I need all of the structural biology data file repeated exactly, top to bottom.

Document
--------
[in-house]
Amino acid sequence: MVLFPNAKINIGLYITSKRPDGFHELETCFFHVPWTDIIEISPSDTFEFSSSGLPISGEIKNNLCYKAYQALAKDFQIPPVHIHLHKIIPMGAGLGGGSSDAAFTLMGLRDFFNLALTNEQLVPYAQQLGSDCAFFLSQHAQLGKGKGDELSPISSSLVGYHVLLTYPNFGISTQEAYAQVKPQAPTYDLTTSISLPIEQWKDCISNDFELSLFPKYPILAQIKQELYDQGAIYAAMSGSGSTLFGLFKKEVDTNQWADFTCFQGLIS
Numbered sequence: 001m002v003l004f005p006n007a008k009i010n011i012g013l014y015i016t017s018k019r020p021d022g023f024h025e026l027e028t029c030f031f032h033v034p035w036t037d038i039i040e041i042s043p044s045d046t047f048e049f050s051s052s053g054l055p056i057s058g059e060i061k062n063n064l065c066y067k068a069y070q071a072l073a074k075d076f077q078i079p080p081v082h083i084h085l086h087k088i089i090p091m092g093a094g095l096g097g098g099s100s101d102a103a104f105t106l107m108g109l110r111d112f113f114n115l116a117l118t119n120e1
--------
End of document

[in-house]
Amino acid sequence: MVLFPNAKINIGLYITSKRPDGFHELETCFFHVPWTDIIEISPSDTFEFSSSGLPISGEIKNNLCYKAYQALAKDFQIPPVHIHLHKIIPMGAGLGGGSSDAAFTLMGLRDFFNLALTNEQLVPYAQQLGSDCAFFLSQHAQLGKGKGDELSPISSSLVGYHVLLTYPNFGISTQEAYAQVKPQAPTYDLTTSISLPIEQWKDCISNDFELSLFPKYPILAQIKQELYDQGAIYAAMSGSGSTLFGLFKKEVDTNQWADFTCFQGLIS
Numbered sequence: 001m002v003l004f005p006n007a008k009i010n011i012g013l014y015i016t017s018k019r020p021d022g023f024h025e026l027e028t029c030f031f032h033v034p035w036t037d038i039i040e041i042s043p044s045d046t047f048e049f050s051s052s053g054l055p056i057s058g059e060i061k062n063n064l065c066y067k068a069y070q071a072l073a074k075d076f077q078i079p080p081v082h083i084h085l086h087k088i089i090p091m092g093a094g095l096g097g098g099s100s101d102a103a104f105t106l107m108g109l110r111d112f113f114n115l116a117l118t119n120e1